COLLEGE PARK, MD—Diego Regalado from Navasota placed 14th in the nation at the 34th Annual National History Day, a five day history event for students in grades six through twelve. By winning first or second place at their regional contest and at the state level competition, Regalado advanced to the national level where he represented Texas well during the National History Day contest held from June 9-13, 2013.
“We are so proud of the 83 students who represented Texas. All had very strong showings and the fact that 31% of their entries ranked 14th in the nation or better is an amazing achievement,” said Stephen Cure, Director of Educational Services for the Texas State Historical Association, the sponsor of Texas History Day. “Over fifty-five thousand students across Texas competed at the local level in 2013 to earn the opportunity to represent Texas in this contest, which sees over 2,800 hundred students from 50 states, 2 territories, the District of Columbia, and several other affiliates in foreign countries compete to see who has the best history research and presentation skills. Texas students triumphed over tremendous competition.”
Regalado, who is a student at Navasota High School, presented his Senior Individual Exhibit titled “Reform, Reorganize, Succeed: The Goldwater Nichols Act.” His entry ranked 1st at the Brazos Valley Regional History Fair sponsored by the Star of the Republic Museum in February and progressed through Texas History Day in early May and preliminary round judging at National History Day to rank 14th in the nation.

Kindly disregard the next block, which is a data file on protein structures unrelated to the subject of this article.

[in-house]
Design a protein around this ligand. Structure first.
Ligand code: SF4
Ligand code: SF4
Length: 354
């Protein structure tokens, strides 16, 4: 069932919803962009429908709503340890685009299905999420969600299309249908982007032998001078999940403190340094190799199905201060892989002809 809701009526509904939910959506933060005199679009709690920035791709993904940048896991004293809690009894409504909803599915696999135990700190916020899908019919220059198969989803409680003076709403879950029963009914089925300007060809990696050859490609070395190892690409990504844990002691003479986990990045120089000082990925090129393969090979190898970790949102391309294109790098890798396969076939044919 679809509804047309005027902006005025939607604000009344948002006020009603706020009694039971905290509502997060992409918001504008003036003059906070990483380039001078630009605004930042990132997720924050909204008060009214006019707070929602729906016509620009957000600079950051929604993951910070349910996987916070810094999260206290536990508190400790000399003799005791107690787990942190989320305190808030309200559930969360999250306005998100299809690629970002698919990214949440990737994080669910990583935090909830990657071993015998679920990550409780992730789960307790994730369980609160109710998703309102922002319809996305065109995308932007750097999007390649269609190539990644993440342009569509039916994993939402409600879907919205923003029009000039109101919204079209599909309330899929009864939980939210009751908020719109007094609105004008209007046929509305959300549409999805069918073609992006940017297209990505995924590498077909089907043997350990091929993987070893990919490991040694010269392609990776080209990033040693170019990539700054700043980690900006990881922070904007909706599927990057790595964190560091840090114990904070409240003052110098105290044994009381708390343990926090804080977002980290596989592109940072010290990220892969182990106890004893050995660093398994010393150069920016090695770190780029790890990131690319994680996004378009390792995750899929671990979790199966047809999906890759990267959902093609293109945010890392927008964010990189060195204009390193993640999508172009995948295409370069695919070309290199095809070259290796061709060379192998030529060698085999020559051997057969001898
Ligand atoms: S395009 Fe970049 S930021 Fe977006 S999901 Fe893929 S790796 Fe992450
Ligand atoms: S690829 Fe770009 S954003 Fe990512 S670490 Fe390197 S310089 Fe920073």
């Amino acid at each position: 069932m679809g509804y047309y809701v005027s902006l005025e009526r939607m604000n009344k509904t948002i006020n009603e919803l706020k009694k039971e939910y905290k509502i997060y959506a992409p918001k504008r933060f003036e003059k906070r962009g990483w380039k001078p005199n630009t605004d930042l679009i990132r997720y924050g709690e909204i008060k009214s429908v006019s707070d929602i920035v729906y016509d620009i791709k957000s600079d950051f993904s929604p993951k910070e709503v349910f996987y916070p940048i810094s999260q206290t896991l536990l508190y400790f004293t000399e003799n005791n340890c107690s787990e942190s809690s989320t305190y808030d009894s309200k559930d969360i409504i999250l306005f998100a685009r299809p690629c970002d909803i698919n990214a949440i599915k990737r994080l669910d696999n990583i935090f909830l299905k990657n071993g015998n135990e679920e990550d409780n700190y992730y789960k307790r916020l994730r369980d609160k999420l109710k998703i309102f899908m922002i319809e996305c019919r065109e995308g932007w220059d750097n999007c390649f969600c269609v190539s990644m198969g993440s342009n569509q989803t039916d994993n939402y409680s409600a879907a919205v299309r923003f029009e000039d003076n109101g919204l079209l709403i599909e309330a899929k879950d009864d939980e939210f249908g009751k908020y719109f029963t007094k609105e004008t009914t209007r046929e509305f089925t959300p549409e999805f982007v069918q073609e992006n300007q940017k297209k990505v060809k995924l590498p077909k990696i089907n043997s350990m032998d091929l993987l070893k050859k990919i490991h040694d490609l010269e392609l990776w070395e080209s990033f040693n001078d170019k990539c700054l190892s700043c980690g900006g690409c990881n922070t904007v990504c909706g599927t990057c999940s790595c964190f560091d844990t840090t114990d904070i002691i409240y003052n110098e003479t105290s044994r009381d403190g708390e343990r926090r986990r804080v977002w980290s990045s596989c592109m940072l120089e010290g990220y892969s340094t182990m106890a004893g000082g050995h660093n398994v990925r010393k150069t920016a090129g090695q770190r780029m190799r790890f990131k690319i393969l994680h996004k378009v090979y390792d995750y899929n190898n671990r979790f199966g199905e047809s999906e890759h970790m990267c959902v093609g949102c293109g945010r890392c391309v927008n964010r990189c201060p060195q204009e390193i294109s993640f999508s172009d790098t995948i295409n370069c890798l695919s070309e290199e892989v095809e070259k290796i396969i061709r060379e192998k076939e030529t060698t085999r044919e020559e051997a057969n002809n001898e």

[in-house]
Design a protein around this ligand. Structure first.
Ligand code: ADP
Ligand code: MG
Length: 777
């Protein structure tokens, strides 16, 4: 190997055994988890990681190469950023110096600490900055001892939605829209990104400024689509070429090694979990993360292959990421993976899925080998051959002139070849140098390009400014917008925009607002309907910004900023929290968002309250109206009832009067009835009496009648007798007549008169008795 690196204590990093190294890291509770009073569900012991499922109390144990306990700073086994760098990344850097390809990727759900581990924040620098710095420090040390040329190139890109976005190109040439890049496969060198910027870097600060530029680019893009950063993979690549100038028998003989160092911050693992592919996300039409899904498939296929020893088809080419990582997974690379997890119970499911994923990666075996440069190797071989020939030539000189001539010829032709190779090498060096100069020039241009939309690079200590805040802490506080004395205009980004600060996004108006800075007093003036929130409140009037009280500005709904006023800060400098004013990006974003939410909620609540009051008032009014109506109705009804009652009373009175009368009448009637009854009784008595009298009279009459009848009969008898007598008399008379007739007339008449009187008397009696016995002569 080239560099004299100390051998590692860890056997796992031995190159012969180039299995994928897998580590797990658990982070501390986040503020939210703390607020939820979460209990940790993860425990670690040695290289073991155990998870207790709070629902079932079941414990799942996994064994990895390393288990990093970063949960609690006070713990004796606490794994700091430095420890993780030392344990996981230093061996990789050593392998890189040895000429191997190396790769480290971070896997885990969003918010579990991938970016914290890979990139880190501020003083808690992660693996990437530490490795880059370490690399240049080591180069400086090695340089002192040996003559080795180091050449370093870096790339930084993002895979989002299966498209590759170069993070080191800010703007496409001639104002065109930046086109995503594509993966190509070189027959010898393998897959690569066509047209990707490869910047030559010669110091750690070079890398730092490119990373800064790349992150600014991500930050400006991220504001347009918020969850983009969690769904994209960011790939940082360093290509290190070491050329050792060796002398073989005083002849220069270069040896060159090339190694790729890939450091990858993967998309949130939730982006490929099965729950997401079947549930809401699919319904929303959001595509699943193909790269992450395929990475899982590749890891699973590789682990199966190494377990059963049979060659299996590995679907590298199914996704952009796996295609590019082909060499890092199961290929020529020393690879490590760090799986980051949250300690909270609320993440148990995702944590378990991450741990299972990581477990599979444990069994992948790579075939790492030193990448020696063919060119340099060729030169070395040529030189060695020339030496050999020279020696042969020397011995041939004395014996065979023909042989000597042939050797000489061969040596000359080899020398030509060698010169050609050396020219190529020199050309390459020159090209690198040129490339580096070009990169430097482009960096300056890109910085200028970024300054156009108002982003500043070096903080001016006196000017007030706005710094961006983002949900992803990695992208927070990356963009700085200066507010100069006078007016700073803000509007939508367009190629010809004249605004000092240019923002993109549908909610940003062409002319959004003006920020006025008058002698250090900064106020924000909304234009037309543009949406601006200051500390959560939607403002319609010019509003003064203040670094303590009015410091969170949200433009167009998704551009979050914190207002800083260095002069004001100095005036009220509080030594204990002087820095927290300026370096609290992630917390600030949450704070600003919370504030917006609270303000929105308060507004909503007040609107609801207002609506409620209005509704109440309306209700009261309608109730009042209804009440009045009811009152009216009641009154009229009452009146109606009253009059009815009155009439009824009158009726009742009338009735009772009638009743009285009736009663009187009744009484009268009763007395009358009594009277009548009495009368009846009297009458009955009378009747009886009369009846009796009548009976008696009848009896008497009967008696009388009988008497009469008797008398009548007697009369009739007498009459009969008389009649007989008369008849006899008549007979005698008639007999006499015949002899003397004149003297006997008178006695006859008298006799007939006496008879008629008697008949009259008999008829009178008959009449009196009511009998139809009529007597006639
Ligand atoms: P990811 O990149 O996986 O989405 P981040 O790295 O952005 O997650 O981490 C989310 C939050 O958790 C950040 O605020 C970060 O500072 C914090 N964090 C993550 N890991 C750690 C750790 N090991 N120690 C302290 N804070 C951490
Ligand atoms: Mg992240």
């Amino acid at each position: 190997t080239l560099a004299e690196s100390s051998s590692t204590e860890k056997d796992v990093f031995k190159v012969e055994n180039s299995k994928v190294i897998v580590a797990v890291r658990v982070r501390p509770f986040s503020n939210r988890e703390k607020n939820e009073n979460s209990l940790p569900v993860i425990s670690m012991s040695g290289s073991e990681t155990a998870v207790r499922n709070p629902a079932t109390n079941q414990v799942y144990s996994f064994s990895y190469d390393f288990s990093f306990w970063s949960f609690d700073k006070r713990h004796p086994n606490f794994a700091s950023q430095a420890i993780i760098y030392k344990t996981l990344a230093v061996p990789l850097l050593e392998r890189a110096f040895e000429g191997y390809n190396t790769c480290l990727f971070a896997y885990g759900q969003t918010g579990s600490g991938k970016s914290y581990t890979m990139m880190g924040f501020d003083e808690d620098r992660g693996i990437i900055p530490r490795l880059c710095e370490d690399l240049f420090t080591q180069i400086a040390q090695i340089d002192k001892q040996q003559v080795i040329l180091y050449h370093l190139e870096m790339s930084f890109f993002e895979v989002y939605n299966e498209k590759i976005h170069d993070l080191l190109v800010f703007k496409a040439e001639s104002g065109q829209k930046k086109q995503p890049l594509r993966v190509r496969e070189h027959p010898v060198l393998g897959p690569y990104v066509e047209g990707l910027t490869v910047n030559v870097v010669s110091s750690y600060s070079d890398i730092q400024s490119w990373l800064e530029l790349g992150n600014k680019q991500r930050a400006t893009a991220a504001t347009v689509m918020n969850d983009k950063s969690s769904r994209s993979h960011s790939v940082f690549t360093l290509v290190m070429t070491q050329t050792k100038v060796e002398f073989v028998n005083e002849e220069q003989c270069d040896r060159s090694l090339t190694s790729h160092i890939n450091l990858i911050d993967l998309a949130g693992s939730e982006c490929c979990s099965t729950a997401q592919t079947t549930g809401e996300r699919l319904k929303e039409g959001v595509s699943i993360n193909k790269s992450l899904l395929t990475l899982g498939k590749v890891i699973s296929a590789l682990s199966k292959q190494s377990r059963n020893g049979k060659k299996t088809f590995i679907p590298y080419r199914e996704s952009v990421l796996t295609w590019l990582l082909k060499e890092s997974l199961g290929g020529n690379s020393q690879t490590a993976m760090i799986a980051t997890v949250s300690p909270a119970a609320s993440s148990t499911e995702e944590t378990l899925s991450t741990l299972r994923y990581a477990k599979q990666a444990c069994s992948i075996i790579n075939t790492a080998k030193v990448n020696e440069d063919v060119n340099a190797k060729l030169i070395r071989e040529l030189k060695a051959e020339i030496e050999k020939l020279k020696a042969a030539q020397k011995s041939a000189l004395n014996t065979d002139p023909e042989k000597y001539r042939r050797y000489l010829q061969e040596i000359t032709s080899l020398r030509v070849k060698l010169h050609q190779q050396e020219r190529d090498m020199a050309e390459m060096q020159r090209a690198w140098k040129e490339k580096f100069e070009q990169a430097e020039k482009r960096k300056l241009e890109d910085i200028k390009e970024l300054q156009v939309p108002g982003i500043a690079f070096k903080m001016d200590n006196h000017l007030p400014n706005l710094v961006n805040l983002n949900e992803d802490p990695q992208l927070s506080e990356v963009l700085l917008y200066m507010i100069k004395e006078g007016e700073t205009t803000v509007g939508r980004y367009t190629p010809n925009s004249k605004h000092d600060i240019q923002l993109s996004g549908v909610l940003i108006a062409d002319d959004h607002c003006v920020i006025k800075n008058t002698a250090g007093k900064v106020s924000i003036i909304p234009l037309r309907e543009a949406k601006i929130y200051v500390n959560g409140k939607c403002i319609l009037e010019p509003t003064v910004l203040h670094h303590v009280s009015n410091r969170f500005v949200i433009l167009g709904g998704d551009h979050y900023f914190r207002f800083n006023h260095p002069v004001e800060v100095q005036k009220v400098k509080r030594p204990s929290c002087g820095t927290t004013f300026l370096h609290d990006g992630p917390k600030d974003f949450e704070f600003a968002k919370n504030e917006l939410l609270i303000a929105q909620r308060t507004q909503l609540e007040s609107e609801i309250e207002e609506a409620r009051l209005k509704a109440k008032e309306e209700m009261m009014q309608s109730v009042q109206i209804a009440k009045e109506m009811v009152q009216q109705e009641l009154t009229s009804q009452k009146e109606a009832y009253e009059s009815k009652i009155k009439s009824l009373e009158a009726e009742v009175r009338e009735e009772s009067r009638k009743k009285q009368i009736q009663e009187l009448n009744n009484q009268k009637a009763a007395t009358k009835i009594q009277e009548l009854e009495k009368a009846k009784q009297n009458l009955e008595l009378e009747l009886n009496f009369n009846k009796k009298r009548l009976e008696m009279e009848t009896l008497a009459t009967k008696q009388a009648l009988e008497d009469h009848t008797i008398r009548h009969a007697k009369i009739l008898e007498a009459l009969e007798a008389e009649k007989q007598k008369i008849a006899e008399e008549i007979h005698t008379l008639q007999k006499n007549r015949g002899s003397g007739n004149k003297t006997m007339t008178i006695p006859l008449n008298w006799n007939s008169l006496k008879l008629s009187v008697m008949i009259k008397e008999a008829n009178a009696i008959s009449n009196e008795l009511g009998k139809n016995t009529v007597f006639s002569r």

For a full list of students who placed or received special awards with their outstanding exhibits, performances, documentaries, interpretive web sites and historical essays prepared on this year’s “Turning Points in History: People, Ideas, Events” theme, please visit http://www.tshaonline.org/education/students/texas-history-day/home.
The Texas State Historical Association sponsors the National History Day program in Texas in cooperation with the University of North Texas. Founded in 1897, the Texas State Historical Association (TSHA) fosters the appreciation, understanding and teaching of the rich and unique history of Texas. TSHA pursues the “actual doing of history,” from research, writing and publications to educational programs designed to support teaching Texas history in the public school system. For more information about Texas History Day or the Texas State Historical Association, please visit www.TSHAonline.org.
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